A few weeks ago I was asked by my friend Allen Doyle to be a part of a music video he was directing. I love collaborating with Al and was a guest on his radio show The Magic Number back in April. The video is for an Irish band called Acrobat and the single is called ‘Not Back Down’. Never having been in a music video before, I of course said yes. A week later I spent the day in Barberstown Castle with Acrobat, their mates and some great actors, having the absolute craic.
The video shows a gothic dinner party at a castle, where the host pours some suspicious looking liquid into people’s drinks, eventually turning his guests into reptiles. It was a fun shoot; we were dressed in amazing costumes, some people got to play with snakes, we drank wine and danced, and a fountain was set on fire! You can spot me towards the end of the video, dancing my ass off, and drinking some funny-tasting vino.
(Al also directed Acrobat’s first video for a single called ‘Follow You Down’. Check it out here – great performances from Jack Olohan and Sinead Watters.)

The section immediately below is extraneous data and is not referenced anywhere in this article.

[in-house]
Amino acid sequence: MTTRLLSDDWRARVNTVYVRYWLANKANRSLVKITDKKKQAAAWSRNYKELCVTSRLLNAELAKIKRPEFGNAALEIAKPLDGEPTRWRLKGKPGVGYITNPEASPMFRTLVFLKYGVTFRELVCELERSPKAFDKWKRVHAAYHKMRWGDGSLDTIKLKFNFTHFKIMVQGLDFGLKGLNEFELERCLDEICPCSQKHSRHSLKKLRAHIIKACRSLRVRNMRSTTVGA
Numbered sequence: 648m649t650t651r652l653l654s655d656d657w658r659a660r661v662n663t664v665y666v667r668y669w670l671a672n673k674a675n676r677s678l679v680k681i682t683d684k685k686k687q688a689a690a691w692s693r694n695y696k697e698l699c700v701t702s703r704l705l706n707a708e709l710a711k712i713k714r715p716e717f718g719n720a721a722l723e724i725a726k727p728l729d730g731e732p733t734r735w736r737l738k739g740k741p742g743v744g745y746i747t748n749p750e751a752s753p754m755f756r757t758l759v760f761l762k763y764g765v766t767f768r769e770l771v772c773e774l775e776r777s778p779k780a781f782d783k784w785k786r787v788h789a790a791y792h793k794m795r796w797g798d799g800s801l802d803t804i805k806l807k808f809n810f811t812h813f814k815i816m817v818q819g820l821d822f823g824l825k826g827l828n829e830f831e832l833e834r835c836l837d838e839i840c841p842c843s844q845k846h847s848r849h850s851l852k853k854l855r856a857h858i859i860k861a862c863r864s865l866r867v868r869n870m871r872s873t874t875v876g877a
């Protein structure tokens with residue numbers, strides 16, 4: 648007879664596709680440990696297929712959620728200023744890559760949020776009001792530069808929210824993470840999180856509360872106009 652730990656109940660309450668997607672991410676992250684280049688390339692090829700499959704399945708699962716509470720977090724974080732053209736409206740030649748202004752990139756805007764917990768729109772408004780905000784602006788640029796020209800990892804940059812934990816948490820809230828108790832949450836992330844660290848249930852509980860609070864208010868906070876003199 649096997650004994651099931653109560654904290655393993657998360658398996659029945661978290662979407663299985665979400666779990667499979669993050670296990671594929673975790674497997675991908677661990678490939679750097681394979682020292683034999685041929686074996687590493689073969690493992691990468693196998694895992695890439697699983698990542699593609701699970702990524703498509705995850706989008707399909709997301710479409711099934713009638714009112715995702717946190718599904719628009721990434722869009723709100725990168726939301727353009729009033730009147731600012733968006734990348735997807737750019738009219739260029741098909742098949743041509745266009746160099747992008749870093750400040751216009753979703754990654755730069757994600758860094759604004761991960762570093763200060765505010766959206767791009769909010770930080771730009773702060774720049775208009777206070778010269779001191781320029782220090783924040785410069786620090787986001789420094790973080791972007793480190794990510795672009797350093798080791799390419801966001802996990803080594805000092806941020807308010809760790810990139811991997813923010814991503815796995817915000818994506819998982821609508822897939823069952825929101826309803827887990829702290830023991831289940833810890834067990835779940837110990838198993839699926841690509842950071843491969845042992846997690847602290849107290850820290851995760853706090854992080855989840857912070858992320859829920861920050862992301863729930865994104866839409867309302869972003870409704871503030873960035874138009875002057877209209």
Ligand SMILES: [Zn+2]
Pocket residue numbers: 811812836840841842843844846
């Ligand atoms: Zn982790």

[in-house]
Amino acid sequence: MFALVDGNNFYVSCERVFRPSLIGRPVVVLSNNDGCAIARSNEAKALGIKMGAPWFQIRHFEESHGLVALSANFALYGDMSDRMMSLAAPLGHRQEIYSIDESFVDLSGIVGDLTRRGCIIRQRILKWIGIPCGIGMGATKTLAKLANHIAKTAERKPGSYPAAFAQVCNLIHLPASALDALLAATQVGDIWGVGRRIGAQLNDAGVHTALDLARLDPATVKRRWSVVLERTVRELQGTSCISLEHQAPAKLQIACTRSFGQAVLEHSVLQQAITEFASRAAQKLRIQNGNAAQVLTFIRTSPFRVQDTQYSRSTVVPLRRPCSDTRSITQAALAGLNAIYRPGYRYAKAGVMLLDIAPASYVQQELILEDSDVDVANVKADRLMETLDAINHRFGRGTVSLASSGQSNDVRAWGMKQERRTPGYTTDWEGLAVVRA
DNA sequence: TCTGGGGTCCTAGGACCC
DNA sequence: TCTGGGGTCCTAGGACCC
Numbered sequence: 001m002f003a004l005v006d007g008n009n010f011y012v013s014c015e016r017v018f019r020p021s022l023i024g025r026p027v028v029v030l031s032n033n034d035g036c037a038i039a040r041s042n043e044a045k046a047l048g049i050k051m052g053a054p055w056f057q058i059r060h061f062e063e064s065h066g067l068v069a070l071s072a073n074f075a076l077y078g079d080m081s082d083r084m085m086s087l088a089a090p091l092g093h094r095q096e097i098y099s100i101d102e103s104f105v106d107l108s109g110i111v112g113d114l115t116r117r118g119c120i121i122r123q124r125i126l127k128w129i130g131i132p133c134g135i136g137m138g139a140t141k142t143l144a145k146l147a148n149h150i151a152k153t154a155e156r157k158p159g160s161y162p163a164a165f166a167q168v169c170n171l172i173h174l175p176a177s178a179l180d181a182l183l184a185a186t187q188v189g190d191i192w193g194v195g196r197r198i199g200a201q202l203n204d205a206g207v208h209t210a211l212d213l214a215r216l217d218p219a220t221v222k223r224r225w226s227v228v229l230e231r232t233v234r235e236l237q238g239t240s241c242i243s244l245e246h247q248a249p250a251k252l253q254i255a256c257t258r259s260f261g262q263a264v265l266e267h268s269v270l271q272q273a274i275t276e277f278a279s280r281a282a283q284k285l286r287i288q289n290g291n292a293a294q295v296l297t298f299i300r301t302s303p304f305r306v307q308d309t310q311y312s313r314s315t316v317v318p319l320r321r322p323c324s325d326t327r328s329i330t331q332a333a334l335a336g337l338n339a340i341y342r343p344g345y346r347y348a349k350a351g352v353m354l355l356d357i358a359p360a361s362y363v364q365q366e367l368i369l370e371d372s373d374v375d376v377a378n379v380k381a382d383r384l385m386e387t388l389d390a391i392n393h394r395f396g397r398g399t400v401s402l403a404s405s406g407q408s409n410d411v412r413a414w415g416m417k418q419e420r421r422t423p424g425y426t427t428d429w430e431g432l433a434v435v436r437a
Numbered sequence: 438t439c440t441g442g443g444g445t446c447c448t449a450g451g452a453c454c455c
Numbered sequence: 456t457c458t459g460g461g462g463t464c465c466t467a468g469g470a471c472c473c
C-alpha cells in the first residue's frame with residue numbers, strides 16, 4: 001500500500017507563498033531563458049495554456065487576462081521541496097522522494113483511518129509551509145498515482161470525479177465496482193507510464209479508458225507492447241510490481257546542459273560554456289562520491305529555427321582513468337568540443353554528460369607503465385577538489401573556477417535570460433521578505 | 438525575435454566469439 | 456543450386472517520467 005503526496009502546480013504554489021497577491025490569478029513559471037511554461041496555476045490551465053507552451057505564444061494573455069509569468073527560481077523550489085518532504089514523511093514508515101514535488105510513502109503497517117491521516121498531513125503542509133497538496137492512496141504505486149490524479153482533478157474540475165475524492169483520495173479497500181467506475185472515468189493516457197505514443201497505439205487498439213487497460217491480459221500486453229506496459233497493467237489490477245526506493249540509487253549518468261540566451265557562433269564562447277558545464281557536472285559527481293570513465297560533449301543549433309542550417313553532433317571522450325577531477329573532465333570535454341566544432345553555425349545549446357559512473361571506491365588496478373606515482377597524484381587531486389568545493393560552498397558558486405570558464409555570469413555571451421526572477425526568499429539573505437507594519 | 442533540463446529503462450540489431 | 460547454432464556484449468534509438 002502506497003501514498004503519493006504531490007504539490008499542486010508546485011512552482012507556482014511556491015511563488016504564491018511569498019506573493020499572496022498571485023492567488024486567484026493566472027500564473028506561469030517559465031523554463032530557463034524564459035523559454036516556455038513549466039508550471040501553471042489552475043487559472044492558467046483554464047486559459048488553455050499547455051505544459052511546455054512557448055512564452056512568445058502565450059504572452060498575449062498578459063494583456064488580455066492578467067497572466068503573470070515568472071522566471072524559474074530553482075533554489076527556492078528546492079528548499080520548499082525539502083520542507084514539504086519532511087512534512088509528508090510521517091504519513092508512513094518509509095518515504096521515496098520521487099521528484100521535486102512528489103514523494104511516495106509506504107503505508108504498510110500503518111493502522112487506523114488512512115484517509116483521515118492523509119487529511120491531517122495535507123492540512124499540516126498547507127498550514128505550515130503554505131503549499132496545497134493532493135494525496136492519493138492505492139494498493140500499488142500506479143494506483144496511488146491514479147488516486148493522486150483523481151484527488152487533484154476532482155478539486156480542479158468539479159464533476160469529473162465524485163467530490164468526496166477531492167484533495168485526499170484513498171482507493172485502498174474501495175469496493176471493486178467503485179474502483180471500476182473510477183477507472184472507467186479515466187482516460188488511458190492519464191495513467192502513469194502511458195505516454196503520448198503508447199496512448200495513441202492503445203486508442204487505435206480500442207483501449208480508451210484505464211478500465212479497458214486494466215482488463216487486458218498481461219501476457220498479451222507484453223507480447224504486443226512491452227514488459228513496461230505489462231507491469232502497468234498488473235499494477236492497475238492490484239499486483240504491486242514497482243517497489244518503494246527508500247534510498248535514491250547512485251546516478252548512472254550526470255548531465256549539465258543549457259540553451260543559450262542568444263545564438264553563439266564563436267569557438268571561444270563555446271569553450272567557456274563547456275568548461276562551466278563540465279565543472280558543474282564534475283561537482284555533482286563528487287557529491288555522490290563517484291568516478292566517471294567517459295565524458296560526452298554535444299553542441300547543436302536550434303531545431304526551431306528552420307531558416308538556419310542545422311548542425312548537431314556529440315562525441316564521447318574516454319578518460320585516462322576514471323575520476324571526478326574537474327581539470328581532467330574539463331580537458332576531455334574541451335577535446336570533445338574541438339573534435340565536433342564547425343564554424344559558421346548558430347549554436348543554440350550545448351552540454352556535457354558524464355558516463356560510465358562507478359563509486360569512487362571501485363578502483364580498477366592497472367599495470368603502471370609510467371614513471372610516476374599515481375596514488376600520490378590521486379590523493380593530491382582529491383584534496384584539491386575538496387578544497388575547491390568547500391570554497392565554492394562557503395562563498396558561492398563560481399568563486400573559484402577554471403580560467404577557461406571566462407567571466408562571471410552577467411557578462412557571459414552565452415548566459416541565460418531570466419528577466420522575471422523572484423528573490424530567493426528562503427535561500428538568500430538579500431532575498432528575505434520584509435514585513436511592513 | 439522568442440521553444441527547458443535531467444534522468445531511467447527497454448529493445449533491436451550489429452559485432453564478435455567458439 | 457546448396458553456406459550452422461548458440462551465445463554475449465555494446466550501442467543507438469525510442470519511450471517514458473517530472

Acrobat’s next gig is on Saturday 4th October in Meeting House Square as part of Hard Working Class Heroes 2014, and you can buy ‘Not Back Down’ on iTunes.
‘Left Hand Free’ is the second single taken from alt-J’s sophomore album This Is All Yours which was released earlier this week. According to a recent Guardian interview, the band knocked the song together in twenty minutes in response to the record company complaining about the lack of singles on the album. Certainly this is more obvious chart fodder than other alt-J favourites like ‘Breezeblocks’ or ‘Tesselate’. Grace under pressure much?
‘Left Hand Free’ is catchy, bluesy, with dirty guitars and a whole lot of heart (even if they didn’t really mean it!) and it’s worked its way into my DJ set already. Enjoy.
FKA twigs (FKA standing for ‘Formerly Known As’) released her debut studio album, LP1, this month. The album’s lead single ‘Two Weeks’ has been getting steady play in my gaff and I’m in love with it. The electro-r&b vibe combined with her ethereal voice lends a kind of Massive Attack feel to the track, and the lyrics (which you can read here) are sexy as hell and lot more interesting than your standard pop fare.
Tahliah Debrett Barnett is from the UK and she’s twenty-six years old. Known as Twigs because of the way her joints snap and crack, she had to add the ‘FKA’ when another artist called Twigs requested she change her name. She’s been lauded by the UK music industry since her debut EP in 2012 and she embarks on her first international tour in October. Unfortunately it doesn’t look like her tour hits Ireland at any point, but whenever she does eventually play here I’ll be in the audience!